Screen Smart Families: Ideas for Bringing Music Into Your Home

by Melanie Rainer on May 18, 2017

Welcome to the Screen-Smart Families series on JellyTelly Parents. Gen X and Millennial parents are the first to manage a whole new world of media and technology with our kids and many of us feel overwhelmed or completely at a loss on how to approach this large task that we face every moment of every day. We're pulling from the collective wisdom of many of our well-respected JellyTelly bloggers, offering over 100 years of combined parenting experience, largely within our current media-driven culture.

Music! How does music fit into a series about being a screen-smart family? When we were brainstorming topics to help parents navigate the world of screens, technology and kids, music struck us as a pretty tricky subject for a lot of moms and dads.

Between balancing what you want to listen to, what your kids want to listen to, lyrics, subject matter, decent musical composition and more, it’s hard to even think about how the technology piece plays in to your family’s music choices. But as we learned from some of our JellyTelly bloggers, the medium of music can be a true partner to parents.

For example, several of our surveyed bloggers told us that they use Amazon Prime for music, because it allows parents to create safe playlists and parents can see all the music that was played on their account.

There are also tools like Spotify that allow you to create playlists, but as with Amazon Prime, the concern is that kids could stumble into music you don’t want them to hear.

But how do you decide what is ok for them to hear and what’s not? That barometer will look different for each family, but here are some great ideas to kick off a conversation from some of our JellyTelly bloggers:


From early on we have tried to steer our kids to music that is honoring to God...So they have been raised mostly listening to Christian music. As they have gotten into their teen years, we don't have "rules" but we might talk about "WHY" would they want to listen to that?" if something comes up. The only time that really has come up is when our guitar-playing son wants to learn a song because it is really good guitar music etc., but I don't like it because it is old rock or something, haha. My husband (also a guitar player) makes the call then…"
- Monica Swanson, The Grom Mom

We use Amazon Unlimited so the kids can have access to it but they always ask first. Never browse without us present. And we can set parental controls. We love all kinds of music in our house so we allow the kids to listen to anything that is appropriate. The kids love Kidz Bop, which I didn't love at first, but I monitor/listen with them and some songs have brought up great conversations that might not have come up otherwise.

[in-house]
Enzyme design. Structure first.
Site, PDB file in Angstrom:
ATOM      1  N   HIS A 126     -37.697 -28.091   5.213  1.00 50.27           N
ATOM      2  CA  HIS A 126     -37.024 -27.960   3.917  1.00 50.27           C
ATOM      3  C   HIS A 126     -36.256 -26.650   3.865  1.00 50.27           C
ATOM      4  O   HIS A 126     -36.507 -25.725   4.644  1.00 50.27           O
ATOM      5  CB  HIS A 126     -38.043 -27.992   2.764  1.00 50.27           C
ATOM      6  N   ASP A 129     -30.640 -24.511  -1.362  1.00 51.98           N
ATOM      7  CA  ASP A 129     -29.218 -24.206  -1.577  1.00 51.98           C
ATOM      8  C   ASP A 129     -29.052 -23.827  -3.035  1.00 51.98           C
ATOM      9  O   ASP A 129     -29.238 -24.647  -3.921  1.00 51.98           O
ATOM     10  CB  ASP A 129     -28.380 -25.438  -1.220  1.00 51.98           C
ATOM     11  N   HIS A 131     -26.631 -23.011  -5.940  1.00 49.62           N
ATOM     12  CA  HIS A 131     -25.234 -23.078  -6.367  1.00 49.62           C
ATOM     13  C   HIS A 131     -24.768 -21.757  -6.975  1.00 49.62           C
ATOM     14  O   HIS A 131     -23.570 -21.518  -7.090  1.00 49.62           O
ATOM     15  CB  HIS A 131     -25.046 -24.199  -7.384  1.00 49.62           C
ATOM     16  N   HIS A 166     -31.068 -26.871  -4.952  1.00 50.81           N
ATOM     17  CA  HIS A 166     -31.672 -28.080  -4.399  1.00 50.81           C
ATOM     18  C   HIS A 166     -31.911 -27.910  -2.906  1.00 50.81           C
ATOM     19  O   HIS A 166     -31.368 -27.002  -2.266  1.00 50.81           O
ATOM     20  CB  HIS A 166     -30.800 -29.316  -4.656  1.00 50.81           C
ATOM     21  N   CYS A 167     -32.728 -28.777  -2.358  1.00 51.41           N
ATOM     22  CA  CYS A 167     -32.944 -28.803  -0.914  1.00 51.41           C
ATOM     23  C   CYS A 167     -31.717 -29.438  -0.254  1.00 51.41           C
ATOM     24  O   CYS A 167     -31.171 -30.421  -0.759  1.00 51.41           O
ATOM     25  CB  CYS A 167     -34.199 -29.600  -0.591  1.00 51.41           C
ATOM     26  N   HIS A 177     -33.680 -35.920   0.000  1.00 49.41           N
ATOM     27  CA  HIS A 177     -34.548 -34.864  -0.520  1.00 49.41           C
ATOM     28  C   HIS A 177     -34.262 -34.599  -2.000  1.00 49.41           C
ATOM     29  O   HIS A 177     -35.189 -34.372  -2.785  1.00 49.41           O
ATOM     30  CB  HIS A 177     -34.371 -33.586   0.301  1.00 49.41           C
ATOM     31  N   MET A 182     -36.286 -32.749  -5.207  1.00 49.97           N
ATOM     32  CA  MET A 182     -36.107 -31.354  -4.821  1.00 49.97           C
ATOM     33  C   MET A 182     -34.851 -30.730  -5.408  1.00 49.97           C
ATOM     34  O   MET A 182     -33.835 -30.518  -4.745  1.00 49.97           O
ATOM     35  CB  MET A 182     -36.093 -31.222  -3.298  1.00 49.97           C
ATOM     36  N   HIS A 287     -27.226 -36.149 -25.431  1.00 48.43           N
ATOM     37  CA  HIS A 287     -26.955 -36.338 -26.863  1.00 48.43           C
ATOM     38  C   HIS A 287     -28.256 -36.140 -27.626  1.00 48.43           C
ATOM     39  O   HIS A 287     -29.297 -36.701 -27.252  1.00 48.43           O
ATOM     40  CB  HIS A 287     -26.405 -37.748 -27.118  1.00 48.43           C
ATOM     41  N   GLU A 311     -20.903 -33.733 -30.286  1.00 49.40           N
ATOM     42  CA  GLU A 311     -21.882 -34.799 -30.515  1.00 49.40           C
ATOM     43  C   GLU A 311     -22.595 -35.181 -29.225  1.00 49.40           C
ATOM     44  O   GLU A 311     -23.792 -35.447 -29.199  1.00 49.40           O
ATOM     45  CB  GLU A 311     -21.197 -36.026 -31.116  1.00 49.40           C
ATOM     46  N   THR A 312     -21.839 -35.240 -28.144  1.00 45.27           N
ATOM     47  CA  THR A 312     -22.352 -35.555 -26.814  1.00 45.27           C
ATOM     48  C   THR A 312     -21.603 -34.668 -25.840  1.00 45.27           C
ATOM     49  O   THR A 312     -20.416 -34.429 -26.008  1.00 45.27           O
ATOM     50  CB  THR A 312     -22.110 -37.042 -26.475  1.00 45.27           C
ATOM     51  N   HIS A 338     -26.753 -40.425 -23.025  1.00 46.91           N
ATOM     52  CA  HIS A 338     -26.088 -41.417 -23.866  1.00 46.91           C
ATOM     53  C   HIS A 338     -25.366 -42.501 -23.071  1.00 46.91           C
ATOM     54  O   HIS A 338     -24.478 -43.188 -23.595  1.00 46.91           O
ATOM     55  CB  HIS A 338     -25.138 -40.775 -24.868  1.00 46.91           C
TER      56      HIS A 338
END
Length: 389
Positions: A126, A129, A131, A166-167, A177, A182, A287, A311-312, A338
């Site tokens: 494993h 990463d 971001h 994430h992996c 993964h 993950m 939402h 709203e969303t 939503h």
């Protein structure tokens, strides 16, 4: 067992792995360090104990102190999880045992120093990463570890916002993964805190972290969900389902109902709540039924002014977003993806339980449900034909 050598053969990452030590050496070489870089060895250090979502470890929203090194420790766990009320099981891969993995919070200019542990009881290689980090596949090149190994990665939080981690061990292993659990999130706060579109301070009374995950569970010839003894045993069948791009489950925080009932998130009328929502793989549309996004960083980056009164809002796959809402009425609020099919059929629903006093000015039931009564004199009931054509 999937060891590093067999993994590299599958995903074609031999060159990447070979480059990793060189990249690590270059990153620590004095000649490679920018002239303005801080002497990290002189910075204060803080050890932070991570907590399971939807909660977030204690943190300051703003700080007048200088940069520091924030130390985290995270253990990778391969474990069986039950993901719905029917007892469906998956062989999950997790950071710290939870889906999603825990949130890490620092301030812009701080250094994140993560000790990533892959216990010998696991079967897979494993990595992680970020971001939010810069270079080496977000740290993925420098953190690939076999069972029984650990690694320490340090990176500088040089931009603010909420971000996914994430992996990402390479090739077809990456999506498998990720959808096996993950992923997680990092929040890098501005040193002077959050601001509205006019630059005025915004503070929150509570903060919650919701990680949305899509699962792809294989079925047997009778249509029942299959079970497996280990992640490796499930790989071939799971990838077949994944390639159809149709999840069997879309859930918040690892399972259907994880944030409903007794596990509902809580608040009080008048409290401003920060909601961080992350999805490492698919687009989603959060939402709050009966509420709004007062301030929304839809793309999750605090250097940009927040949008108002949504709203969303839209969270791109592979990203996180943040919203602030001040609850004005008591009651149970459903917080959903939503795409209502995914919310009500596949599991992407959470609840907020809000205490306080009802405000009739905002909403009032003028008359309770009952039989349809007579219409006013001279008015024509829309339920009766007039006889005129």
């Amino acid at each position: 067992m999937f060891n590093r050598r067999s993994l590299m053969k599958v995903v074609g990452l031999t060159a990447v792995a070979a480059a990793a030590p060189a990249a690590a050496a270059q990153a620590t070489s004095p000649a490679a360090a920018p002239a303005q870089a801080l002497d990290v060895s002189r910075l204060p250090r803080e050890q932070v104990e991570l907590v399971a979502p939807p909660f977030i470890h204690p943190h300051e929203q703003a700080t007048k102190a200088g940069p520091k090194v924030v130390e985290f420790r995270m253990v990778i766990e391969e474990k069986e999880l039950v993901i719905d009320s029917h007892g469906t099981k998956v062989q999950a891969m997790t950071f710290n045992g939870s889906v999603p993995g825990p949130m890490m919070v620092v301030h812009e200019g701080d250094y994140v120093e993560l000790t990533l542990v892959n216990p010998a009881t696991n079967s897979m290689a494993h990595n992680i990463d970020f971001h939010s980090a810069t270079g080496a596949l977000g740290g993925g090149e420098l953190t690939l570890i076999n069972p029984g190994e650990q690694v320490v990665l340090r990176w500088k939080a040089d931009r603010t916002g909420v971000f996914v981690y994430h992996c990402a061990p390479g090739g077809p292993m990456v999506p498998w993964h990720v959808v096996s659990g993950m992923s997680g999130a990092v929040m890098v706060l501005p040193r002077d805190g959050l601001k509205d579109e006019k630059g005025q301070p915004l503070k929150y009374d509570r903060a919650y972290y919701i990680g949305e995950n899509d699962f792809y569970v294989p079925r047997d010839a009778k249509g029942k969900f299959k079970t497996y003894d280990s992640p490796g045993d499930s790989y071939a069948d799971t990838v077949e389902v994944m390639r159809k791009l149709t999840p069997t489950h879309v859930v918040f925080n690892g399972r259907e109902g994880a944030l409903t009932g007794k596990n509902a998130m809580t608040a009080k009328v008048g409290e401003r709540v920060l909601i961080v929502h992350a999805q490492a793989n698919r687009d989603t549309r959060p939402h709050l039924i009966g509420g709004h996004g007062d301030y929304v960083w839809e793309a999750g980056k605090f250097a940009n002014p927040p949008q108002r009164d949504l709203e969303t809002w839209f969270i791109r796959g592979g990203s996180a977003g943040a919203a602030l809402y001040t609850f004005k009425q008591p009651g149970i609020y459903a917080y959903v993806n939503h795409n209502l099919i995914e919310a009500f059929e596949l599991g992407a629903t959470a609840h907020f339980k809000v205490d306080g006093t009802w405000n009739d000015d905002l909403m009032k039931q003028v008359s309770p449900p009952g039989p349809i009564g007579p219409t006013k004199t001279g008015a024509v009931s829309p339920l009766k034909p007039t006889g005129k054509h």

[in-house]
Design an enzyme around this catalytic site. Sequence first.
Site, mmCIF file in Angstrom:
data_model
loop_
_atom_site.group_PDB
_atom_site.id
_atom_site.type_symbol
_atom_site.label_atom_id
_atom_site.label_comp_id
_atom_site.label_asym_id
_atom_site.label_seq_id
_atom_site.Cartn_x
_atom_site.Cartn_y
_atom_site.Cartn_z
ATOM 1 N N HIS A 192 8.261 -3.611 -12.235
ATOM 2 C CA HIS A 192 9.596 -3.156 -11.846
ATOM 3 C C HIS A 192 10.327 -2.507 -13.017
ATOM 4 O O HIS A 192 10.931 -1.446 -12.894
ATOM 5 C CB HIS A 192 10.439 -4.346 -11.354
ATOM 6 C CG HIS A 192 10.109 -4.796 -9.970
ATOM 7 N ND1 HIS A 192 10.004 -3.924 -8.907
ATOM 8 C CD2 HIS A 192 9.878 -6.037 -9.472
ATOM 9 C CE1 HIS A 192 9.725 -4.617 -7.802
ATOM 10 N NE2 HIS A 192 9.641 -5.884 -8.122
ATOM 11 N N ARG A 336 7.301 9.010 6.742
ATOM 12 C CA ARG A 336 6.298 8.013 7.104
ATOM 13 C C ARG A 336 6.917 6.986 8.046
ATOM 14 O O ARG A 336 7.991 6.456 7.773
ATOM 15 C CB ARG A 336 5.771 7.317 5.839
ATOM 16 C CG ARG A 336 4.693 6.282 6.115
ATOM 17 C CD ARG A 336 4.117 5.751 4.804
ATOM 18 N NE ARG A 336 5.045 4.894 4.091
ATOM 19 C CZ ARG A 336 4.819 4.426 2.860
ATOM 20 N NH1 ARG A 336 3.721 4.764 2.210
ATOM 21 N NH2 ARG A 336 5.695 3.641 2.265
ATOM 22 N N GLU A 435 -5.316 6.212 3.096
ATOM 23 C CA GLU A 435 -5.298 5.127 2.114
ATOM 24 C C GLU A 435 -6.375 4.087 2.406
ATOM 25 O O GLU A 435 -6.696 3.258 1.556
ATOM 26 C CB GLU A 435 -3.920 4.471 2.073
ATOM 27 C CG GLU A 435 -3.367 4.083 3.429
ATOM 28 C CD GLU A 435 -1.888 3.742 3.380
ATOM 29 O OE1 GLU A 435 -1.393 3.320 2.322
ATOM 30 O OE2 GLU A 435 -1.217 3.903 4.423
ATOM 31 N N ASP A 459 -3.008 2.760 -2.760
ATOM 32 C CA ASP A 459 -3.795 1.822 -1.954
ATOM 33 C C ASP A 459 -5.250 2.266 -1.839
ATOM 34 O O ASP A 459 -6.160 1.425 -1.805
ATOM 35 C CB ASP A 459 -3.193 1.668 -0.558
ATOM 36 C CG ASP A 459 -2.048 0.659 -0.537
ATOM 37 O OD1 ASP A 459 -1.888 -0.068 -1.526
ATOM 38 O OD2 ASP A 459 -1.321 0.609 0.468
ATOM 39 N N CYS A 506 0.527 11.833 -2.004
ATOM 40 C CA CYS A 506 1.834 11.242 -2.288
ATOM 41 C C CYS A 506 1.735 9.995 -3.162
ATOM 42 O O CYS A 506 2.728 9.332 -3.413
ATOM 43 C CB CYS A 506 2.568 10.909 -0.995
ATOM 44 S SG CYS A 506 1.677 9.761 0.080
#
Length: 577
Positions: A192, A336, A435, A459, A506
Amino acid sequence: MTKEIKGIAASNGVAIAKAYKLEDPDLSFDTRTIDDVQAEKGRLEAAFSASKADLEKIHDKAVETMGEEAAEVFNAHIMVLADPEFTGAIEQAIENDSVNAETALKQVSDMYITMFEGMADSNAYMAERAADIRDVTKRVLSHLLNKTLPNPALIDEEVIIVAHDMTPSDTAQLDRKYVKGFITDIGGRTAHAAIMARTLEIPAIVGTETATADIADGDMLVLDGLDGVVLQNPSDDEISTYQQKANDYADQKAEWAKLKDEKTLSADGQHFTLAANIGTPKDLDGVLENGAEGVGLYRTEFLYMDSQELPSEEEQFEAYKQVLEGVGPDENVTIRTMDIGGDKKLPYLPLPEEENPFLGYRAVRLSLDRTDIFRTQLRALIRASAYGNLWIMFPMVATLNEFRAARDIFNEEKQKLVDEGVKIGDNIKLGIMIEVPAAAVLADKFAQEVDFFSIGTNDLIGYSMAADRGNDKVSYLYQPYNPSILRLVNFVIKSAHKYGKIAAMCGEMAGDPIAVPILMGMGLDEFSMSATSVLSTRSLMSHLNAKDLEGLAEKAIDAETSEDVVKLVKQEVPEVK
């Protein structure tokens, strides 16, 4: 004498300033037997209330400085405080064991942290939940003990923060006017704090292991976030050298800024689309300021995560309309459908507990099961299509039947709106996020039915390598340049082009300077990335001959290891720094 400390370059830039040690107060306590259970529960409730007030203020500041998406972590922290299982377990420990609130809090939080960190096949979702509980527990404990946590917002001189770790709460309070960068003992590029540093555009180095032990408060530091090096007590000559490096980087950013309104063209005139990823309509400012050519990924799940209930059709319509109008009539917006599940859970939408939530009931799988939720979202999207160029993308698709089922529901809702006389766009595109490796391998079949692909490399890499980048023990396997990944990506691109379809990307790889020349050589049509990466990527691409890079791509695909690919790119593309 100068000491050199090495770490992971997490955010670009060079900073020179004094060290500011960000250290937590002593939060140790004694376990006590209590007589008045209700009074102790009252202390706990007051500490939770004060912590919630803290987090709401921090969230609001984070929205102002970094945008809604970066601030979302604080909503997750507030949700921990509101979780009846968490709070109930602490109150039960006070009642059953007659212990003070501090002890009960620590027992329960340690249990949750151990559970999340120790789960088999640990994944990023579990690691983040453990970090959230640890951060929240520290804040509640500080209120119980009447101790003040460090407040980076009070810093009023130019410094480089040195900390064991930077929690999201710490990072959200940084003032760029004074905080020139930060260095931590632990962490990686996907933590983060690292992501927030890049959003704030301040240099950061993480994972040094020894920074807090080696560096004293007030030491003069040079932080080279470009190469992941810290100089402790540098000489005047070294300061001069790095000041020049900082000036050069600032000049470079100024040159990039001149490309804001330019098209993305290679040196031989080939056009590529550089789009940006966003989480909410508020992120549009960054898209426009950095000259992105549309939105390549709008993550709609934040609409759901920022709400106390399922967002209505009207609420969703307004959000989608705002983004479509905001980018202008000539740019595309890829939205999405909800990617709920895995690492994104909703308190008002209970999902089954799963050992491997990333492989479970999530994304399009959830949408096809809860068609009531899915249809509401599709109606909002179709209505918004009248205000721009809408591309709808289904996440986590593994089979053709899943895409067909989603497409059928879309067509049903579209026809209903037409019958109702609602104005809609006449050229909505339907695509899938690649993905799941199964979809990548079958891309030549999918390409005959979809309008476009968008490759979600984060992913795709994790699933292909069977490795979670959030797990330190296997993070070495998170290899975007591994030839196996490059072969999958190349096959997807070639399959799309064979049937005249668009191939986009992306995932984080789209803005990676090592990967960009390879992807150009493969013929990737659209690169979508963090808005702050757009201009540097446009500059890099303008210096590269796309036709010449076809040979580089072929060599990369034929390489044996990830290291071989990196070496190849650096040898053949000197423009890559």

- Jess Wolstenholm, Gather & Grow

Every year I make her a "mix CD" of [my daughter’s] favorite songs from the year, including pop music, country music, kids music and Christian music. If she likes a pop song that has bad words, I try to find a Kidz Bop version for her. But sometimes I have to just say NO to - not that we won't occasionally listen to it in the car, but I'm not putting it on her CD or iPod for her to blast in her ears over and over.
If I'm questioning whether or not a song is okay for the kids, I ask myself a few questions:

  • Do I want to explain these lyrics to them?
  • Do I want them to sing these lyrics out loud?
  • Do I want them to sing these lyrics at school or church or at their grandparents' house?

Thinking through those things usually helps me figure out if I'm okay with a song or not.
- Mary Carver, Giving Up on Perfect

I think Christian music is important--kids are sponges. Their brains soak up every word and I want their brains soaking up words that are not just positive, but inspired by God's Word and point to Him. We have several playlists on Amazon Music that we've all kinda curated together and they generally just play those.
- Amanda White, OhAmanda

 

Making Your Own Screen-Smart Family Plan:

Here are some key questions about music to ask as your formulate your own Screen-Smart Family Plan:

  • What types of music services do we already use? Are we comfortable with our kids having access to those?
  • Are there certain genres/stations/artists that are totally off limits? 
  • How musically-inclined are our kids? Are they gifted musically?
  • What do we listen to in the car?
  • How do we peacefully take turns so that everyone can listen to what they want to?

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